Daily Distribution of Carbohydrate, Protein and Fat Intake in Elite Youth Academy Soccer Players Over a 7-Day Training Period
Robert J. Naughton, Barry Drust, Andy O’Boyle, Ryland Morgans, Julie Abayomi, Ian G. Davies, James P. Morton, and Elizabeth Mahon
While traditional approaches to dietary analysis in athletes have focused on total daily energy and macronutrient intake, it is now thought that daily distribution of these parameters can also influence training adaptations. Using 7-day food diaries, we quantified the total daily macronutrient intake and distribution in elite youth soccer players from the English Premier League in U18 (n = 13), U15/16 (n = 25) and U13/14 squads (n = 21). Total energy (43.1 ± 10.3, 32.6 ± 7.9, 28.1 ± 6.8 kcal·kg-1·day-1), CHO (6 ± 1.2, 4.7 ± 1.4, 3.2 ± 1.3 g·kg- 1·day-1) and fat (1.3 ± 0.5, 0.9 ± 0.3, 0.9 ± 0.3 g·kg-1·day-1) intake exhibited hierarchical differences (p < .05) such that U13/14 > U15/16 > U18. In addition, CHO intake in U18s was lower (p < .05) at breakfast, dinner and snacks when compared with both squads but no differences were apparent at lunch. Furthermore, the U15/16s reported lower relative daily protein intake than the U13/14s and U18s (1.6 ± 0.3 vs. 2.2 ± 0.5, 2.0 ± 0.3 g·kg-1). A skewed distribution (p < .05) of daily protein intake was observed in all squads, with a hierarchical order of dinner (~0.6 g·kg-1) > lunch (~0.5 g·kg-1) > breakfast (~0.3 g·kg-1). We conclude elite youth soccer players do not meet current CHO guidelines. Although daily protein targets are achieved, we report a skewed daily distribution in all ages such that dinner > lunch > breakfast. Our data suggest that dietary advice for elite youth players should focus on both total daily macronutrient intake and optimal daily distribution patterns.
Daily Distribution of Macronutrient Intakes of Professional Soccer Players From the English Premier League
Liam Anderson, Robert J. Naughton, Graeme L. Close, Rocco Di Michele, Ryland Morgans, Barry Drust, and James P. Morton
The daily distribution of macronutrient intake can modulate aspects of training adaptations, performance and recovery. We therefore assessed the daily distribution of macronutrient intake (as assessed using food diaries supported by the remote food photographic method and 24-hr recalls) of professional soccer players (n = 6) of the English Premier League during a 7-day period consisting of two match days and five training days. On match days, average carbohydrate (CHO) content of the prematch (<1.5 g·kg-1 body mass) and postmatch (1 g·kg-1 body mass) meals (in recovery from an evening kick-off) were similar (p > .05) though such intakes were lower than contemporary guidelines considered optimal for prematch CHO intake and postmatch recovery. On training days, we observed a skewed and hierarchical approach (p < .05 for all comparisons) to protein feeding such that dinner (0.8 g·kg-1)>lunch (0.6 g·kg-1)>breakfast (0.3 g·kg-1)>evening snacks (0.1 g·kg-1). We conclude players may benefit from consuming greater amounts of CHO in both the prematch and postmatch meals so as to increase CHO availability and maximize rates of muscle glycogen resynthesis, respectively. Furthermore, attention should also be given to ensuring even daily distribution of protein intake so as to potentially promote components of training adaptation.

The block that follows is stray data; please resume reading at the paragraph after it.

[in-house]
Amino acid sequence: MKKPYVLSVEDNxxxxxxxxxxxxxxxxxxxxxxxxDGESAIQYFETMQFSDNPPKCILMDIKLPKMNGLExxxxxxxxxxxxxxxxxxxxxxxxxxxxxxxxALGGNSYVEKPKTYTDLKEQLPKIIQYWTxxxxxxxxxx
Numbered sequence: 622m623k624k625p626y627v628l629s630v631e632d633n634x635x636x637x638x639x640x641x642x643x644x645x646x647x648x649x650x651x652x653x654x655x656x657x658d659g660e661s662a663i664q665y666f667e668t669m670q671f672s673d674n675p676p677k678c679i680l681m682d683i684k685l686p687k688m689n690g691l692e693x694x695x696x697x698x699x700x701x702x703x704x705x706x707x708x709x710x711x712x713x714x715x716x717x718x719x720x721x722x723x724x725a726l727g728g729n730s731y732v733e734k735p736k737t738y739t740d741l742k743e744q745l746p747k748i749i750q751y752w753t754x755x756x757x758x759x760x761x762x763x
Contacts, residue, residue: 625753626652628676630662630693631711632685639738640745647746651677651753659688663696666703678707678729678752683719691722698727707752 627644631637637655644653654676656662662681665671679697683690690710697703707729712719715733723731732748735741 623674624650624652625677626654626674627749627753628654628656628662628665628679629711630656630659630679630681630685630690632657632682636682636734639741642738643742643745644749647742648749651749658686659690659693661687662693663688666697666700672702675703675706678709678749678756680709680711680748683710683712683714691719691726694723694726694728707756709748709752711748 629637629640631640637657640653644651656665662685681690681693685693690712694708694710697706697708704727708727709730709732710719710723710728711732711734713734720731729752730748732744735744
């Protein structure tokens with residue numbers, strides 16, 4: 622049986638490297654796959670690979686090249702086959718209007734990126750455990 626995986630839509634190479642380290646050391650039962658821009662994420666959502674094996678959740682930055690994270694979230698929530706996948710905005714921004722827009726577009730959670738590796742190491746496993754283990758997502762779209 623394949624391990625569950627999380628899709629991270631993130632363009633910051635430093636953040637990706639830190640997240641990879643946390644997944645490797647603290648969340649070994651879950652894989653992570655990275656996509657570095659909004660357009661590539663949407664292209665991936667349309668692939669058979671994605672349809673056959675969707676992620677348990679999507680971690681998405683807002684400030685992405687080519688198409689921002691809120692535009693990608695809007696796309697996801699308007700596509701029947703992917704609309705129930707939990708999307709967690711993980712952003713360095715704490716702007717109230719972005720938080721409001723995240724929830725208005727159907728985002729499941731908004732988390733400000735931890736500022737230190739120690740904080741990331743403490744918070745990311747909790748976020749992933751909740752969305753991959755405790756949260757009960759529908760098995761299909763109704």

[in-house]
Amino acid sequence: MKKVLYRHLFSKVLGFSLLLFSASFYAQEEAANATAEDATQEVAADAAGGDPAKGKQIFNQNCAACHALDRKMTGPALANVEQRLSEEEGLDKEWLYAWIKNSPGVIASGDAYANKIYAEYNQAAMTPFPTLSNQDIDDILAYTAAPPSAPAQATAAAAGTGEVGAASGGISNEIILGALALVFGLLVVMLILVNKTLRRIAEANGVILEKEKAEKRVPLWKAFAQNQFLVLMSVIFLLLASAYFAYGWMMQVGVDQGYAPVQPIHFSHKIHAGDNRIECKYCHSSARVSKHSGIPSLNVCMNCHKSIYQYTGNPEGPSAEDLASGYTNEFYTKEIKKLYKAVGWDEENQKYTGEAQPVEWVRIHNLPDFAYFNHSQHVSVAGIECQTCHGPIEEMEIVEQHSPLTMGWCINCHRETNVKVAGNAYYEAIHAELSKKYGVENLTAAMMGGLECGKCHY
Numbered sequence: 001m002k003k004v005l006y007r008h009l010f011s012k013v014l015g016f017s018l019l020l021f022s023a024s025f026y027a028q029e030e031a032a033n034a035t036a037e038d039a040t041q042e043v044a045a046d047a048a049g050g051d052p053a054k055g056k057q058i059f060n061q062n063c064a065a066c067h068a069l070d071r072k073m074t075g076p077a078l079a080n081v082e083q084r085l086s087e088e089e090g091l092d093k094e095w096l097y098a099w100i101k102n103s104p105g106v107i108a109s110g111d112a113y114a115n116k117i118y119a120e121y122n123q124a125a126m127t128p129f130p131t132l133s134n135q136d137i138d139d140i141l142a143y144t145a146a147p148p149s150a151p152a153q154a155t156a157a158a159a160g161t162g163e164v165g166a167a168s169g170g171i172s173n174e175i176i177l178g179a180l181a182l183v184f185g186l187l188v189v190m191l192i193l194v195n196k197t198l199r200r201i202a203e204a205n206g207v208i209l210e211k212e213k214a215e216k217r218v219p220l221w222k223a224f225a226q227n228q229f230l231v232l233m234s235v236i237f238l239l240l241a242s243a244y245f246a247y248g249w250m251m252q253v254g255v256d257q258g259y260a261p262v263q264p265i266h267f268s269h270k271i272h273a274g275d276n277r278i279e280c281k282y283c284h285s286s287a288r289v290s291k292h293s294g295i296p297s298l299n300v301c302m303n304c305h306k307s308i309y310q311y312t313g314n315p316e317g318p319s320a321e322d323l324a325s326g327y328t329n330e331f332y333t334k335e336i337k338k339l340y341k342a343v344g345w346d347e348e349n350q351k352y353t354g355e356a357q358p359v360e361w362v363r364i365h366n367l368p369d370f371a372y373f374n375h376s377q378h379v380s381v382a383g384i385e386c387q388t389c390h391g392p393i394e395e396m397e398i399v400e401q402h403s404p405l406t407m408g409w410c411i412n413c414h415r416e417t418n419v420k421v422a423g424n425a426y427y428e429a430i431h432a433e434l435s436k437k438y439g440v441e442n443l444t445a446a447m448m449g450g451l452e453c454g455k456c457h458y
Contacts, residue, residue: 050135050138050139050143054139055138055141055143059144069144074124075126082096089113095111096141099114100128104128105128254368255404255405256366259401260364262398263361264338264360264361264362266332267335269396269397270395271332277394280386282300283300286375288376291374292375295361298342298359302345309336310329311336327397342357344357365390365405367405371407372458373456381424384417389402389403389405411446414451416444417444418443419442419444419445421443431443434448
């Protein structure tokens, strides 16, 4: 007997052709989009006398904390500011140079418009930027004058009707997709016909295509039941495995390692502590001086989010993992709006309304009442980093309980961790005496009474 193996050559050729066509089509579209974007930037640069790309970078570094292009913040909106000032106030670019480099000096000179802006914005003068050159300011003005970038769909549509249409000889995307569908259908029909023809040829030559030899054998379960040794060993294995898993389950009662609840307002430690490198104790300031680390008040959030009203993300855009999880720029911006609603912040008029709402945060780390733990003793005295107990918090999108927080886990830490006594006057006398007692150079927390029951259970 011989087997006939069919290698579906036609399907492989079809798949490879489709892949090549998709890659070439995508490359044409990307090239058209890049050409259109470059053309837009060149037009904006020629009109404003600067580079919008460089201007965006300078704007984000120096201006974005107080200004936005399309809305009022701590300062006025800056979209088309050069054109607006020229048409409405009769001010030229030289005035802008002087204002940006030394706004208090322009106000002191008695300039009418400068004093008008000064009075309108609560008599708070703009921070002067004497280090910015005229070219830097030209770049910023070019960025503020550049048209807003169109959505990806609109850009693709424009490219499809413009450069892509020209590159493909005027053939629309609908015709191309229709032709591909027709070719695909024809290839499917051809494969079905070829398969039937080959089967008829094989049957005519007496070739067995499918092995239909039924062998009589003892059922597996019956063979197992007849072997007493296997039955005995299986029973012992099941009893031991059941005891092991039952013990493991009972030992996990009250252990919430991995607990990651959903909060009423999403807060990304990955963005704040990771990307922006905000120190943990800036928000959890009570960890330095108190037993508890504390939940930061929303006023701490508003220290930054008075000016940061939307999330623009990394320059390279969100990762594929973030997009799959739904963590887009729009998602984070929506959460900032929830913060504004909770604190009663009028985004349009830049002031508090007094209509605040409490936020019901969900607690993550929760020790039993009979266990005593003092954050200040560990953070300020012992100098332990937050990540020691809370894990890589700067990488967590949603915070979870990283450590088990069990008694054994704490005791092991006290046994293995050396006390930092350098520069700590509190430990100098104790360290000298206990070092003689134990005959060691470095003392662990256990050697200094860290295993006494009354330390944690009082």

Acute Consumption of Varied Doses of Cocoa Flavanols Does Not Influence Exercise-Induced Muscle Damage
Liam D. Corr, Adam Field, Deborah Pufal, Jenny Killey, Tom Clifford, Liam D. Harper, and Robert J. Naughton